We talk about low back pain pretty often in these blogs, and if you’ve gotten around to reading some of them, you’ll see that there’s a clear reason for it. Low back pain is one of the most common reasons that patients come in to see us for treatment, and the number of people who deal with back-related issues shows why. About 12% of the world’s population is currently dealing with low back pain in some form, and up to 85% of people will encounter low back pain to some degree at least once in their lifetime.
At ARS Hand & Physical Therapy, we see and treat many patients with low back. We use a number of different types of treatment depending on the duration of the low back pain and how severe your condition is, but every program we offer will include at least some education and various exercises. We utilize these strategies not just because we think they are helpful, but for a very important reason: they are supported by medical literature that shows they are effective ways of treating and preventing low back pain.
This month we’d like to show you a specific example of research that supports the methods we use to treat and prevent low back pain in Springfield, NJ. It’s a recent study published this month that investigates different methods for reducing the risk of low back pain.
The type of study performed is actually a pair of studies called a systematic review and meta-analysis. These are considered one of the most powerful and high-quality forms of medical literature, and the two are often performed together. The systematic review is used to search for quality studies that are relevant to the topic at hand, which in this case is different strategies to prevent low back pain. The meta-analysis then takes all the studies that are accepted and analyzes their results in great detail with the goal of finding a conclusion.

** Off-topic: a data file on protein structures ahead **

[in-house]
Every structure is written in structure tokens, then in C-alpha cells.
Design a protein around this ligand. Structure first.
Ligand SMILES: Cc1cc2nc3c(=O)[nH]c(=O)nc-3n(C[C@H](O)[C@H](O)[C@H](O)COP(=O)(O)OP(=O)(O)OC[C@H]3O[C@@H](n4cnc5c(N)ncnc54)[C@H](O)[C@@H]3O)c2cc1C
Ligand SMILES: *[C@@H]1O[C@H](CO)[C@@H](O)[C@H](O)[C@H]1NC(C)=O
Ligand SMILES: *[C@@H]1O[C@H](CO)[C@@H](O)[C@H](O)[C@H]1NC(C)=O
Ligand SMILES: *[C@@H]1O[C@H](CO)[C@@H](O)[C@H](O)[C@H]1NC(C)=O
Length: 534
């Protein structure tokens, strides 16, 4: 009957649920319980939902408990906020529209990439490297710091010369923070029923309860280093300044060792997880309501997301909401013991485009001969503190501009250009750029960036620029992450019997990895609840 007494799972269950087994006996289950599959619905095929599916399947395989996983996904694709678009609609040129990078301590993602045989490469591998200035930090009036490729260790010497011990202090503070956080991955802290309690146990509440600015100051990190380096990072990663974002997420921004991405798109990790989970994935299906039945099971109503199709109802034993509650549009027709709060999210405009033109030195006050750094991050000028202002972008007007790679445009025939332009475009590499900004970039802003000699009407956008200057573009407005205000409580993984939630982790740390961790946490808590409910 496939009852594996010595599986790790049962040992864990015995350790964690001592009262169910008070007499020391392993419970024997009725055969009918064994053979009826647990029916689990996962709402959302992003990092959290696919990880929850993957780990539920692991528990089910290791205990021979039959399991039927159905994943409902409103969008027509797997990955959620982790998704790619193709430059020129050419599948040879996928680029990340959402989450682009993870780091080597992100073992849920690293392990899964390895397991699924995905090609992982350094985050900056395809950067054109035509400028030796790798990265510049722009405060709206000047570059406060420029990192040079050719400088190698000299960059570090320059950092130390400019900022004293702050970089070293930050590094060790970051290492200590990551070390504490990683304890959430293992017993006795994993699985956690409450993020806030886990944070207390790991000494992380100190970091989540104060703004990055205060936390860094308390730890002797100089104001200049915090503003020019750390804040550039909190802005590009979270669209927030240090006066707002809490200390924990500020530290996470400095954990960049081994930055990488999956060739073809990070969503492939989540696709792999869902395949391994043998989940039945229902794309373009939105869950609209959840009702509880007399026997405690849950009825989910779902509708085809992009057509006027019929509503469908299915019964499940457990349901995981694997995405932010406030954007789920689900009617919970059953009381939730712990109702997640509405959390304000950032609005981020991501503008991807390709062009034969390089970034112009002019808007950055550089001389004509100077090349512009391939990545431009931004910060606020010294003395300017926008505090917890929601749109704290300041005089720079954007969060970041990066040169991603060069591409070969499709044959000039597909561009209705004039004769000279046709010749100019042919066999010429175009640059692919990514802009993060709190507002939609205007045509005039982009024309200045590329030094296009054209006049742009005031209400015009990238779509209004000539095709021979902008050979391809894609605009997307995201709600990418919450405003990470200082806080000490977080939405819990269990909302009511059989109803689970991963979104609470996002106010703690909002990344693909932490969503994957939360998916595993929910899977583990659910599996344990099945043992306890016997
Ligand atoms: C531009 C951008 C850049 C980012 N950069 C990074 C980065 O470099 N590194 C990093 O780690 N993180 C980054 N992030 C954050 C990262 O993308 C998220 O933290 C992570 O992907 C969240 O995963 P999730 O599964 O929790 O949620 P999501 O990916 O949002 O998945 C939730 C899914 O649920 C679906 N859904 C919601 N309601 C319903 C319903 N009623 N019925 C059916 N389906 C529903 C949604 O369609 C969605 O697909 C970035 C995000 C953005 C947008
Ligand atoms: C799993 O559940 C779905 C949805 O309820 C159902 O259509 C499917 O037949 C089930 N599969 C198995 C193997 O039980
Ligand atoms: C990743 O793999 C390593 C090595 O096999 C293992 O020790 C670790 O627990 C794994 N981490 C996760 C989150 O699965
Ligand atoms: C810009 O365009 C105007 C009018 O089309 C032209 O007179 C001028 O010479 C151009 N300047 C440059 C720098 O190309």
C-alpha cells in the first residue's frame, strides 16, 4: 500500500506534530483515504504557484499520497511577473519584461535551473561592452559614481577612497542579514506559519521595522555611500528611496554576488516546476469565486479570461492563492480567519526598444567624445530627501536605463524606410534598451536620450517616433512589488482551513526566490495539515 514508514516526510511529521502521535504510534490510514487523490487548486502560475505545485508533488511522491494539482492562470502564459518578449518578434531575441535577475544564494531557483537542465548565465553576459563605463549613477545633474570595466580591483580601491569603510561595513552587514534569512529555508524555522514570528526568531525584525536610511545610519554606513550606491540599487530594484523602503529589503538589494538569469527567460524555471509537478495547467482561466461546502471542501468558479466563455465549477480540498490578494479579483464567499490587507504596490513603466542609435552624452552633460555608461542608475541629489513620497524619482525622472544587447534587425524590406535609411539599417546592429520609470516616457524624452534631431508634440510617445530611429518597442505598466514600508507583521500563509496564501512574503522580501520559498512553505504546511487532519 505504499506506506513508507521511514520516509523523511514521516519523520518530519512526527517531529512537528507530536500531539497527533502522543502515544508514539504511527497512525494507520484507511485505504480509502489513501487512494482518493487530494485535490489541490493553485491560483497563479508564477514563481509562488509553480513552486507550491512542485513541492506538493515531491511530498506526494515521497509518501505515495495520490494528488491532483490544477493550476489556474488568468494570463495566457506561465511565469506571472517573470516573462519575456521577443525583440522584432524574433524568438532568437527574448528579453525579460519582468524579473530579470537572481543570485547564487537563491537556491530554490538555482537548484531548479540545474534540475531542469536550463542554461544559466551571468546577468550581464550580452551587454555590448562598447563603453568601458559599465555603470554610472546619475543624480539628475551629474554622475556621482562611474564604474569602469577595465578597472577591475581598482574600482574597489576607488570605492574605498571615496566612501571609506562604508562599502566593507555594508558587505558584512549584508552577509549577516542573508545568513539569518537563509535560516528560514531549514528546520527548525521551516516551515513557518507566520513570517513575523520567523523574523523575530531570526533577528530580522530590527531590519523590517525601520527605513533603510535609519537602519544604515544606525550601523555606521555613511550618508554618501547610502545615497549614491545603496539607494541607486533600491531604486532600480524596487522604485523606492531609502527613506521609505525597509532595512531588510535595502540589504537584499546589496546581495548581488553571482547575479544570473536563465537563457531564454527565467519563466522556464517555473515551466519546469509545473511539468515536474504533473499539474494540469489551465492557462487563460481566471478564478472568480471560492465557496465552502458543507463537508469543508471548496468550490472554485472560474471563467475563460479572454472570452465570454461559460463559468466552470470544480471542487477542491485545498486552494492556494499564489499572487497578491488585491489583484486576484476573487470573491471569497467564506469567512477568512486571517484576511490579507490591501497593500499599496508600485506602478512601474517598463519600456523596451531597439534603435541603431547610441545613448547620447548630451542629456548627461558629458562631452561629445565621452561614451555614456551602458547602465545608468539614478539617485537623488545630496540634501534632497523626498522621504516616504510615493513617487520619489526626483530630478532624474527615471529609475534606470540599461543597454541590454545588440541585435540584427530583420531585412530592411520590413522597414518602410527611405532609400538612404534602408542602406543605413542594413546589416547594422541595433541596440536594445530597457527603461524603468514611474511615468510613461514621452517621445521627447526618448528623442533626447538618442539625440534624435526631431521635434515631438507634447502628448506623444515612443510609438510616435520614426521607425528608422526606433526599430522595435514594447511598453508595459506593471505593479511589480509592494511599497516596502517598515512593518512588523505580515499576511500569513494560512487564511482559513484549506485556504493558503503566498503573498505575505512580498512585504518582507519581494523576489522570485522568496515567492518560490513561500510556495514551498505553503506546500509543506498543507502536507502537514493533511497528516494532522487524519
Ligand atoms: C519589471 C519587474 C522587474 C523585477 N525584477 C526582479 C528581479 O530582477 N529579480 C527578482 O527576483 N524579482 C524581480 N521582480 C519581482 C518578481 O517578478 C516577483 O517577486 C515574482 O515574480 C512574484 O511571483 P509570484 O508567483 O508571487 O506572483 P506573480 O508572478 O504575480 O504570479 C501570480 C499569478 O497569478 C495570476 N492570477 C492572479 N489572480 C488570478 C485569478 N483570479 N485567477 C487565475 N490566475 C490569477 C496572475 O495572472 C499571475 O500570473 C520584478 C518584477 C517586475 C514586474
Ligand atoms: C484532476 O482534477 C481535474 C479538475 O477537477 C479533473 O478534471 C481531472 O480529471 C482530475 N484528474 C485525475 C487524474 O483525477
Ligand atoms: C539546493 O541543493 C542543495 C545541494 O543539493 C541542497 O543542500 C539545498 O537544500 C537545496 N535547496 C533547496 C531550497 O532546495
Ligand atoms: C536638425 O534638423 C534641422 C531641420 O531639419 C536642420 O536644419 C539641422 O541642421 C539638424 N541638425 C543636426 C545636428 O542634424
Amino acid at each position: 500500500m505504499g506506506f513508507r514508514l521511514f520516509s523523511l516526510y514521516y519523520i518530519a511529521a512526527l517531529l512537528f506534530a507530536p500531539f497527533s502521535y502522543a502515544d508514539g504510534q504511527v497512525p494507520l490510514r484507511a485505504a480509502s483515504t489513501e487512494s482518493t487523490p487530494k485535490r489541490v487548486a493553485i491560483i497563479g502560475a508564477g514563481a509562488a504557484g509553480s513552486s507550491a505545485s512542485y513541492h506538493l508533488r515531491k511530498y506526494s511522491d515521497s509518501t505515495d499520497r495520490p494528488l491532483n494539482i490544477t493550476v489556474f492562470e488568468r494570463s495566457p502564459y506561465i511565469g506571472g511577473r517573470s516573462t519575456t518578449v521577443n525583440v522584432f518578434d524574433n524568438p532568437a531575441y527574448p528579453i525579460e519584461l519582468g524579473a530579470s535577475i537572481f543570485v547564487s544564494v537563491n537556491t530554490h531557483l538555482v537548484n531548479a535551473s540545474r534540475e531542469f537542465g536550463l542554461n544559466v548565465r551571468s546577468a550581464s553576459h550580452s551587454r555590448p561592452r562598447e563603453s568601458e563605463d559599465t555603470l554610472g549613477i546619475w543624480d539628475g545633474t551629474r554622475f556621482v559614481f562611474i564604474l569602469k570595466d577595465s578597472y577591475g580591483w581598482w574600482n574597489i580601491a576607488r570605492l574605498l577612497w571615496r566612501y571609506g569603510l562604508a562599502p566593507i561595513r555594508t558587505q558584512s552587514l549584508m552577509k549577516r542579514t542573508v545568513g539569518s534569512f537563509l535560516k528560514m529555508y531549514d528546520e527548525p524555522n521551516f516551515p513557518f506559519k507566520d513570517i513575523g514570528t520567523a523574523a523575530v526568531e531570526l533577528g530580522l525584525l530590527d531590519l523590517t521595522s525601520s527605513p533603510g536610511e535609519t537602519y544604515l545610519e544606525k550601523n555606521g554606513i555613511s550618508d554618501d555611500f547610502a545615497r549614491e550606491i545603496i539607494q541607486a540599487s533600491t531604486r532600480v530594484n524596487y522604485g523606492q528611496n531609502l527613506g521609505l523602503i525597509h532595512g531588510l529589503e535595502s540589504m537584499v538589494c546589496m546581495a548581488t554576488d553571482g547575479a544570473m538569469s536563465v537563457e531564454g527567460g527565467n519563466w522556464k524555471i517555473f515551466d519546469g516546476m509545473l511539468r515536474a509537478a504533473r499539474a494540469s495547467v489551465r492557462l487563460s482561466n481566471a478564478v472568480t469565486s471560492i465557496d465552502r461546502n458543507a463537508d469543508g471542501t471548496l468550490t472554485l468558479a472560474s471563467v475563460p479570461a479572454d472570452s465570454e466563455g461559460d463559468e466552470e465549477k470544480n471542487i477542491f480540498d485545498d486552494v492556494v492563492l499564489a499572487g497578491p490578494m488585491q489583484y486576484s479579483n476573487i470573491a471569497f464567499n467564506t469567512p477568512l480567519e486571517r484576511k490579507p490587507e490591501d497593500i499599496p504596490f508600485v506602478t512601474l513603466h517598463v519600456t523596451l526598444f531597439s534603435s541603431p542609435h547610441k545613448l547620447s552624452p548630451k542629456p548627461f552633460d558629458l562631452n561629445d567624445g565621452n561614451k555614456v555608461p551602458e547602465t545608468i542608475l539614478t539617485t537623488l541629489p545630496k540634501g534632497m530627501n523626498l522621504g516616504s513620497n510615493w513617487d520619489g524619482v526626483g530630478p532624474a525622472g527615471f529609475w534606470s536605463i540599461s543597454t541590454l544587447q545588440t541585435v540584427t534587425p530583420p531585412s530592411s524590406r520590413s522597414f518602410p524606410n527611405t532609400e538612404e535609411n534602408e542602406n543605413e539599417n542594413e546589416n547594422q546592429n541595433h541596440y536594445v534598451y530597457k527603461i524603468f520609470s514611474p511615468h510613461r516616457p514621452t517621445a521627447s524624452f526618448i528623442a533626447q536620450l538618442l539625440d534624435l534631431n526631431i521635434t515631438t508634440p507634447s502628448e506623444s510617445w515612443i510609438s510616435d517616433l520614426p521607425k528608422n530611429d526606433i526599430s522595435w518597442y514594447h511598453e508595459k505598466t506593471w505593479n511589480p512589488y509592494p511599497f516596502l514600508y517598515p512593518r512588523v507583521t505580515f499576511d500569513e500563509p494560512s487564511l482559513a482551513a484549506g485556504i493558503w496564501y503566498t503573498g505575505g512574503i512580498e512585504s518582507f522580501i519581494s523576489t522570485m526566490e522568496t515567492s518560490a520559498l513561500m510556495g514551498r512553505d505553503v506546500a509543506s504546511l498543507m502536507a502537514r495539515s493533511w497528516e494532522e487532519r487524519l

In the systematic review, over 6,000 studies were identified, but only 21 of these were appropriate and of high enough quality to be used in the meta-analysis. They contained information on over 30,000 patients and investigated the effects of six different types of strategies to prevent low back pain. The strategies investigated were exercise, education, exercise and education, back belts, shoe insoles and other prevention strategies.
After all 21 studies were evaluated in the meta-analysis, results showed that combining exercise and education was the most effective of all the strategies for preventing low back pain. Though exercise alone was shown to be beneficial, the addition of education added greatly to this benefit. Education on its own, back belts and shoe insoles, on the other hand, were not found to be helpful for reducing the risk for low back pain.
This study is just one of many medical studies we use to guide our treatment decisions for low back pain and other conditions. If you’re dealing with low back pain now or believe that you’re at risk for developing it, we can help by offering an evidenced based treatment approach to relieve your symptoms and find a solution to your problem. Call ARS Hand & Physical Therapy in Springfield, NJ at 973-379-7006 for more information or to schedule an appointment.
If you’d like to read the abstract (summary) for the study on low back pain, click here